Once again summoning characters from his previous books, Updike catches up with the fetching trio of amateur sorceresses introduced in The Witches of Eastwick (1984).
Though they share the state of widowhood, geographical distance and the whims of fortune have long since separated the women. There’s Junoesque Alexandra (“Lexa,” the eldest, having reached 70-something), surviving in Taos, N.M., on her late husband’s modest estate; tightly wound Jane, who married money and now has oodles of it; and resourceful Sukie, who has channeled her pert sexuality into a string of bestselling romance novels. Deflecting mortality’s momentum by compulsive traveling (Canada, China, Egypt—each “done” memorably, thanks to Updike’s unerring grasp of revelatory indigenous detail), the reunited trio undertake a summer in Rhode Island, where their “coven” was formed, and dangerous mischief was performed. Old acquaintances, victims and enemies greet and threaten them, and Lexa’s nagging fears of bodily breakdown and looming death create an inhibiting atmosphere of entrapment. Their former collaborator in sexual malfeasance, Darryl Van Horne (memorably enacted on film by a leering Jack Nicholson), has left potent traces of his influence. This is a most curious novel. Updike haters will quickly point out its lax pacing, encyclopedic sufficiency of laboriously assimilated information and tedious fixation on lubricious sexual detail. Admirers will note its seamless blending of dexterously plotted narrative with penetrating characterizations that evoke with nearly Tolstoyan poignancy the weary, resigned clairvoyance of old age (e.g., Lexa’s intuition that “the cells of my body are getting impatient with me. They’re bored with housing my spirit”).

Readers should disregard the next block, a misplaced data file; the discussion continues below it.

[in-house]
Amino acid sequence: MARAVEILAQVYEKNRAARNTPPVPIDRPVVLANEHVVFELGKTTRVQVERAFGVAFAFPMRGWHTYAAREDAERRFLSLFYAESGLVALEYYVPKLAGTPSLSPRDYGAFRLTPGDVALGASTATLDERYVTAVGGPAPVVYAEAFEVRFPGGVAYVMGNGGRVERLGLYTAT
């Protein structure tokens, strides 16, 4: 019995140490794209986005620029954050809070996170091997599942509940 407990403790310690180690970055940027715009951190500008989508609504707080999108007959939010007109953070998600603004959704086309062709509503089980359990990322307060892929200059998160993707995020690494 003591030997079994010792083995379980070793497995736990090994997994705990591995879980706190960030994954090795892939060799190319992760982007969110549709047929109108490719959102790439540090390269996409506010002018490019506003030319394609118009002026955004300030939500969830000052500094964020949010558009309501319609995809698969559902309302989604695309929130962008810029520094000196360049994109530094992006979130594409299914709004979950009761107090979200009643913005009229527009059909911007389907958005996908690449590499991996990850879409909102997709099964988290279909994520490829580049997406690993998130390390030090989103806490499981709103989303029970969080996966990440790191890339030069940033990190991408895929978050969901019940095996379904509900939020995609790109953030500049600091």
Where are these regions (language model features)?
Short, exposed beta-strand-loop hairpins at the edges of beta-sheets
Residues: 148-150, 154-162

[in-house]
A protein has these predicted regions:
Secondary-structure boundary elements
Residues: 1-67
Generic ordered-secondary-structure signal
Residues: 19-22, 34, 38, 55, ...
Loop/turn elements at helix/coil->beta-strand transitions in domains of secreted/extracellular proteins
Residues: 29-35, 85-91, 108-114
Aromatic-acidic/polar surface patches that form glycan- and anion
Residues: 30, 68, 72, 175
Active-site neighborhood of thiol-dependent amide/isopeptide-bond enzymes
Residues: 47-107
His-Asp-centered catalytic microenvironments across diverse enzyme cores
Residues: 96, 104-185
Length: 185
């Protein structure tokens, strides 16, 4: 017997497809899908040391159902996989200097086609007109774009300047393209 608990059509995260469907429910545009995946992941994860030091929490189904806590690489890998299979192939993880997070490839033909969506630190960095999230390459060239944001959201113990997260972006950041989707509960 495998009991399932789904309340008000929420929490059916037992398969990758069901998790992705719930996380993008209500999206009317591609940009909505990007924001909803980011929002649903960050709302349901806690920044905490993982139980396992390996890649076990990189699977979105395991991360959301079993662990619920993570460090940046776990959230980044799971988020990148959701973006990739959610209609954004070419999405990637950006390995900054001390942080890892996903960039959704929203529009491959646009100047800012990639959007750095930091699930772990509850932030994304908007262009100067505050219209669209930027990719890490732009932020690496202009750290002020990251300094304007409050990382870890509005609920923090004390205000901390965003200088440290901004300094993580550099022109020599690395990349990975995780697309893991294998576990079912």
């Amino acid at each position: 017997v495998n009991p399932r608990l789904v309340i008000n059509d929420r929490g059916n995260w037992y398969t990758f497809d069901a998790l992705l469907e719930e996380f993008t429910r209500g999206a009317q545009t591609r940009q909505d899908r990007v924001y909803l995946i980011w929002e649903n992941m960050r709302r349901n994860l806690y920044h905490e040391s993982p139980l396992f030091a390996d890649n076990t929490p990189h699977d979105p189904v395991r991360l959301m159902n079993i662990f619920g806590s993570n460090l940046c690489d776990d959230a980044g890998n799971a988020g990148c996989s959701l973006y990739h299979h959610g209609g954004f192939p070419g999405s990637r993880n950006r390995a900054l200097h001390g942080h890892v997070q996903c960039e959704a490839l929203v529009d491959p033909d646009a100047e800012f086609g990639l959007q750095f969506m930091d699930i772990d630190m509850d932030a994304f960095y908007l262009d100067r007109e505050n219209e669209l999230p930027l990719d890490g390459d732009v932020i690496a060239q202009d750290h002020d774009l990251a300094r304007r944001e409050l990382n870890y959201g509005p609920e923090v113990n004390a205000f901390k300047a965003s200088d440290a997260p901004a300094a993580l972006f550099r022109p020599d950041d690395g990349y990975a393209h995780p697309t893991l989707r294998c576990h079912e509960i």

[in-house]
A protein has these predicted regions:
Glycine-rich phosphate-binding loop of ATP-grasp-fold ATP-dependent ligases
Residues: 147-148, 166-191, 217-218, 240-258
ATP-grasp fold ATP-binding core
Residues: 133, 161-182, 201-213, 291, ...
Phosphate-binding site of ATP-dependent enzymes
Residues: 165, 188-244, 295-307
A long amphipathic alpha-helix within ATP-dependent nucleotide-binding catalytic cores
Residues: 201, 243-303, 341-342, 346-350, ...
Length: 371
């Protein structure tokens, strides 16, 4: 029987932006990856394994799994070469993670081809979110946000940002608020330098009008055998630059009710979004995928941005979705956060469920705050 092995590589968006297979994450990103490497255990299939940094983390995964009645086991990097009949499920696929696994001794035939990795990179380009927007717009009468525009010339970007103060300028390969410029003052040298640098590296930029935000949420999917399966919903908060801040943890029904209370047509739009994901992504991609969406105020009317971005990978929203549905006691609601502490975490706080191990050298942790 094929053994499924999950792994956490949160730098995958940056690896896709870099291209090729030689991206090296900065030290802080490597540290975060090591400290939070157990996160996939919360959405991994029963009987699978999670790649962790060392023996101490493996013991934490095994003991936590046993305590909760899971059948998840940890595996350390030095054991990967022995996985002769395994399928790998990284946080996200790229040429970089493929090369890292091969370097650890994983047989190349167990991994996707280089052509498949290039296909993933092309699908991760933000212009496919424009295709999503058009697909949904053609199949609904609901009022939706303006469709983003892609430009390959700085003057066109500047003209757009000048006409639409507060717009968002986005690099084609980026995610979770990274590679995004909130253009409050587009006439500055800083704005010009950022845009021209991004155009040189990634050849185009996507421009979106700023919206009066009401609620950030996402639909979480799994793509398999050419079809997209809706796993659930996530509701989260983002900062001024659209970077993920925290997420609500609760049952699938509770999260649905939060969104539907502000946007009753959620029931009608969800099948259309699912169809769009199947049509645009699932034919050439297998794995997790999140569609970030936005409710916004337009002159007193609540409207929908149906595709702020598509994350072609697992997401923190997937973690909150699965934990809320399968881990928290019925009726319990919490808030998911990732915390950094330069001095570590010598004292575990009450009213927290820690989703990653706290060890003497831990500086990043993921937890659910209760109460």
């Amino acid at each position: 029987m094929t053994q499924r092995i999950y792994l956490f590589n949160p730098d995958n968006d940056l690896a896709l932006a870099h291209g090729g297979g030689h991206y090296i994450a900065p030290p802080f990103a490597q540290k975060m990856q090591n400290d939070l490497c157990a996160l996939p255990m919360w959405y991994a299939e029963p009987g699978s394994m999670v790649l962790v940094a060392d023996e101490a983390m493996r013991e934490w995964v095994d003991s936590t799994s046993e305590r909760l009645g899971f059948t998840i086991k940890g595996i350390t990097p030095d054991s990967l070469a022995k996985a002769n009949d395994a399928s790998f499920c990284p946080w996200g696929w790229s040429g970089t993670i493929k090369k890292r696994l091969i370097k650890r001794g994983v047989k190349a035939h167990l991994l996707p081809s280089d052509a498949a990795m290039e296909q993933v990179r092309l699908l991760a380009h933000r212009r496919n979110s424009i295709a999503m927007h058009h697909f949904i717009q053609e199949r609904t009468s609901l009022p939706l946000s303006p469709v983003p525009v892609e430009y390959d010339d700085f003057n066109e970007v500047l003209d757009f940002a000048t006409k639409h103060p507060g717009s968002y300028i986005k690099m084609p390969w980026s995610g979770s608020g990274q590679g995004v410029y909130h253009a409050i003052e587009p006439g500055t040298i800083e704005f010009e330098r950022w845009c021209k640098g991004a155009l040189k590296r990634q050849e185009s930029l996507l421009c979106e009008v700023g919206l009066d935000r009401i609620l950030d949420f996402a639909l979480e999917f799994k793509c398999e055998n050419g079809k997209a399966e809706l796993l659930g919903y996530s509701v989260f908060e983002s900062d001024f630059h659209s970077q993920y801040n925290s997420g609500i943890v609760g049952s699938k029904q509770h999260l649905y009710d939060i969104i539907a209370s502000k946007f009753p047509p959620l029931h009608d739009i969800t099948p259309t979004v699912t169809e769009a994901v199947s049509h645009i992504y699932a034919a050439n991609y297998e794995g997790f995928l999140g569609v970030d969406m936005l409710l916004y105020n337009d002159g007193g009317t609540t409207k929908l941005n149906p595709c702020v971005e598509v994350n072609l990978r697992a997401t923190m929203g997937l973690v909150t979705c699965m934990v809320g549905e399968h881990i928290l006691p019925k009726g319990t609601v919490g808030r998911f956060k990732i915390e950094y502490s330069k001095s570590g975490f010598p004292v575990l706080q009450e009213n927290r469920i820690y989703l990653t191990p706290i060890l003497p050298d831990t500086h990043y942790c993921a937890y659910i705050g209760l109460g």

A work of old age that takes its time, gently drawing us into its knowing orbit. We inhabit this story as we do the later stages of our own lives. Some will not like the book, but it is a vital part of the Updike experience.